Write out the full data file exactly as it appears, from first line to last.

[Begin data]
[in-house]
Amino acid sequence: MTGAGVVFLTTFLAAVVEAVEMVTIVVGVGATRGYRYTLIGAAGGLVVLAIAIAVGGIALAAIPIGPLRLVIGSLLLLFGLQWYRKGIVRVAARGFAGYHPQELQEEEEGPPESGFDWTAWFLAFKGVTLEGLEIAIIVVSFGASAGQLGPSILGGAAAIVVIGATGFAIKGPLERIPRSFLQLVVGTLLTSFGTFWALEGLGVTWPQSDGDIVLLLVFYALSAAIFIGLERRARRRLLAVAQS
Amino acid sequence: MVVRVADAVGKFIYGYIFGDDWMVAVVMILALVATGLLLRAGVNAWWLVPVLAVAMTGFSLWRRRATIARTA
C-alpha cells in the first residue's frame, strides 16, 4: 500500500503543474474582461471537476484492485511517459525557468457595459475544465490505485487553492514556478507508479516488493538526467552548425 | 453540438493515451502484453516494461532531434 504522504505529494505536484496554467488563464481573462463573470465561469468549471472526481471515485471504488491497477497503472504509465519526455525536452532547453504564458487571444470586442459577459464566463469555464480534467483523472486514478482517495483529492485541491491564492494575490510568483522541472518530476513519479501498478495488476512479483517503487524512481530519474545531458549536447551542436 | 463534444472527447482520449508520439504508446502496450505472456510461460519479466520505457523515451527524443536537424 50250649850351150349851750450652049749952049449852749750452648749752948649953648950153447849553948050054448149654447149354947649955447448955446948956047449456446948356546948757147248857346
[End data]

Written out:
[in-house]
Amino acid sequence: MTGAGVVFLTTFLAAVVEAVEMVTIVVGVGATRGYRYTLIGAAGGLVVLAIAIAVGGIALAAIPIGPLRLVIGSLLLLFGLQWYRKGIVRVAARGFAGYHPQELQEEEEGPPESGFDWTAWFLAFKGVTLEGLEIAIIVVSFGASAGQLGPSILGGAAAIVVIGATGFAIKGPLERIPRSFLQLVVGTLLTSFGTFWALEGLGVTWPQSDGDIVLLLVFYALSAAIFIGLERRARRRLLAVAQS
Amino acid sequence: MVVRVADAVGKFIYGYIFGDDWMVAVVMILALVATGLLLRAGVNAWWLVPVLAVAMTGFSLWRRRATIARTA
C-alpha cells in the first residue's frame, strides 16, 4: 500500500503543474474582461471537476484492485511517459525557468457595459475544465490505485487553492514556478507508479516488493538526467552548425 | 453540438493515451502484453516494461532531434 504522504505529494505536484496554467488563464481573462463573470465561469468549471472526481471515485471504488491497477497503472504509465519526455525536452532547453504564458487571444470586442459577459464566463469555464480534467483523472486514478482517495483529492485541491491564492494575490510568483522541472518530476513519479501498478495488476512479483517503487524512481530519474545531458549536447551542436 | 463534444472527447482520449508520439504508446502496450505472456510461460519479466520505457523515451527524443536537424 50250649850351150349851750450652049749952049449852749750452648749752948649953648950153447849553948050054448149654447149354947649955447448955446948956047449456446948356546948757147248857346